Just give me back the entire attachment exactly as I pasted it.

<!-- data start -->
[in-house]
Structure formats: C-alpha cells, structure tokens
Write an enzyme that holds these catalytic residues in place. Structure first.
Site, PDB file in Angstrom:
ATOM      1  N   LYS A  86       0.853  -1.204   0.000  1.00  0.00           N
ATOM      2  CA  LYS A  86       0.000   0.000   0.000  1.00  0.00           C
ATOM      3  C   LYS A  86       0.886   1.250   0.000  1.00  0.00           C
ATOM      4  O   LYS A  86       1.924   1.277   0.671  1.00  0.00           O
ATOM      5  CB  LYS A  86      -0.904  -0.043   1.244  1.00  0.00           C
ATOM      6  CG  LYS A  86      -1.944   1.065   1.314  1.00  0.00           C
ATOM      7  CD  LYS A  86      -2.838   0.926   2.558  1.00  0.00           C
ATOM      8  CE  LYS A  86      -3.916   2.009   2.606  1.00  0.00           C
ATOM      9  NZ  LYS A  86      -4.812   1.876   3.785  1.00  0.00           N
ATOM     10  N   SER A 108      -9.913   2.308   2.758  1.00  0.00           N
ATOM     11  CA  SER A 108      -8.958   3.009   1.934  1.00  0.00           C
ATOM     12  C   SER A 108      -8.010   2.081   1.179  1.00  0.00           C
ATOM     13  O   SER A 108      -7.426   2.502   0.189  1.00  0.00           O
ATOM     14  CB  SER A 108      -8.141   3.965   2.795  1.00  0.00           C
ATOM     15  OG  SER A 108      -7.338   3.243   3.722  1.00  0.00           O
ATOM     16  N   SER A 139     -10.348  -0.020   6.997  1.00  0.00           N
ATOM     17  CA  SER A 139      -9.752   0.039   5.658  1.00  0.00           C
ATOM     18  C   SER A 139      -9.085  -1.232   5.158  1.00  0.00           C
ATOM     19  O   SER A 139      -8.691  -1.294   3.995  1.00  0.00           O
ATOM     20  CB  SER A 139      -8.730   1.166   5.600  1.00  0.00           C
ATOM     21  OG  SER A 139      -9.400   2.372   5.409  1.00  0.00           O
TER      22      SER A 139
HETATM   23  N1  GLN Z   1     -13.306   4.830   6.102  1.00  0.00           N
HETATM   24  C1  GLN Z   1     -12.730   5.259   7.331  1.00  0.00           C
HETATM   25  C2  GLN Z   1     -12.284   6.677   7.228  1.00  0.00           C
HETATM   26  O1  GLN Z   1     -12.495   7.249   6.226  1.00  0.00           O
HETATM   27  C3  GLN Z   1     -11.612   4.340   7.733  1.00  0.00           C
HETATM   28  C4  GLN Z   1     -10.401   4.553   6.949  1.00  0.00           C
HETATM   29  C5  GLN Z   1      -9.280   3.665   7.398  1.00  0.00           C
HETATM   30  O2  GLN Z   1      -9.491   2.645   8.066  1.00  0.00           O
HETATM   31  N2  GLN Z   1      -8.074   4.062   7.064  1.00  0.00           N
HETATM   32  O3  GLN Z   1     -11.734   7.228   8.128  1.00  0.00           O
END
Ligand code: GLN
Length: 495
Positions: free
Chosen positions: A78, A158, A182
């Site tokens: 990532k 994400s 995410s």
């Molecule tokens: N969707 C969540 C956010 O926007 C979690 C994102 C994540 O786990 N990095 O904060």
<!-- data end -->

[in-house]
Structure formats: C-alpha cells, structure tokens
Write an enzyme that holds these catalytic residues in place. Structure first.
Site, PDB file in Angstrom:
ATOM      1  N   LYS A  86       0.853  -1.204   0.000  1.00  0.00           N
ATOM      2  CA  LYS A  86       0.000   0.000   0.000  1.00  0.00           C
ATOM      3  C   LYS A  86       0.886   1.250   0.000  1.00  0.00           C
ATOM      4  O   LYS A  86       1.924   1.277   0.671  1.00  0.00           O
ATOM      5  CB  LYS A  86      -0.904  -0.043   1.244  1.00  0.00           C
ATOM      6  CG  LYS A  86      -1.944   1.065   1.314  1.00  0.00           C
ATOM      7  CD  LYS A  86      -2.838   0.926   2.558  1.00  0.00           C
ATOM      8  CE  LYS A  86      -3.916   2.009   2.606  1.00  0.00           C
ATOM      9  NZ  LYS A  86      -4.812   1.876   3.785  1.00  0.00           N
ATOM     10  N   SER A 108      -9.913   2.308   2.758  1.00  0.00           N
ATOM     11  CA  SER A 108      -8.958   3.009   1.934  1.00  0.00           C
ATOM     12  C   SER A 108      -8.010   2.081   1.179  1.00  0.00           C
ATOM     13  O   SER A 108      -7.426   2.502   0.189  1.00  0.00           O
ATOM     14  CB  SER A 108      -8.141   3.965   2.795  1.00  0.00           C
ATOM     15  OG  SER A 108      -7.338   3.243   3.722  1.00  0.00           O
ATOM     16  N   SER A 139     -10.348  -0.020   6.997  1.00  0.00           N
ATOM     17  CA  SER A 139      -9.752   0.039   5.658  1.00  0.00           C
ATOM     18  C   SER A 139      -9.085  -1.232   5.158  1.00  0.00           C
ATOM     19  O   SER A 139      -8.691  -1.294   3.995  1.00  0.00           O
ATOM     20  CB  SER A 139      -8.730   1.166   5.600  1.00  0.00           C
ATOM     21  OG  SER A 139      -9.400   2.372   5.409  1.00  0.00           O
TER      22      SER A 139
HETATM   23  N1  GLN Z   1     -13.306   4.830   6.102  1.00  0.00           N
HETATM   24  C1  GLN Z   1     -12.730   5.259   7.331  1.00  0.00           C
HETATM   25  C2  GLN Z   1     -12.284   6.677   7.228  1.00  0.00           C
HETATM   26  O1  GLN Z   1     -12.495   7.249   6.226  1.00  0.00           O
HETATM   27  C3  GLN Z   1     -11.612   4.340   7.733  1.00  0.00           C
HETATM   28  C4  GLN Z   1     -10.401   4.553   6.949  1.00  0.00           C
HETATM   29  C5  GLN Z   1      -9.280   3.665   7.398  1.00  0.00           C
HETATM   30  O2  GLN Z   1      -9.491   2.645   8.066  1.00  0.00           O
HETATM   31  N2  GLN Z   1      -8.074   4.062   7.064  1.00  0.00           N
HETATM   32  O3  GLN Z   1     -11.734   7.228   8.128  1.00  0.00           O
END
Ligand code: GLN
Length: 495
Positions: free
Chosen positions: A78, A158, A182
């Site tokens: 990532k 994400s 995410s």
């Molecule tokens: N969707 C969540 C956010 O926007 C979690 C994102 C994540 O786990 N990095 O904060």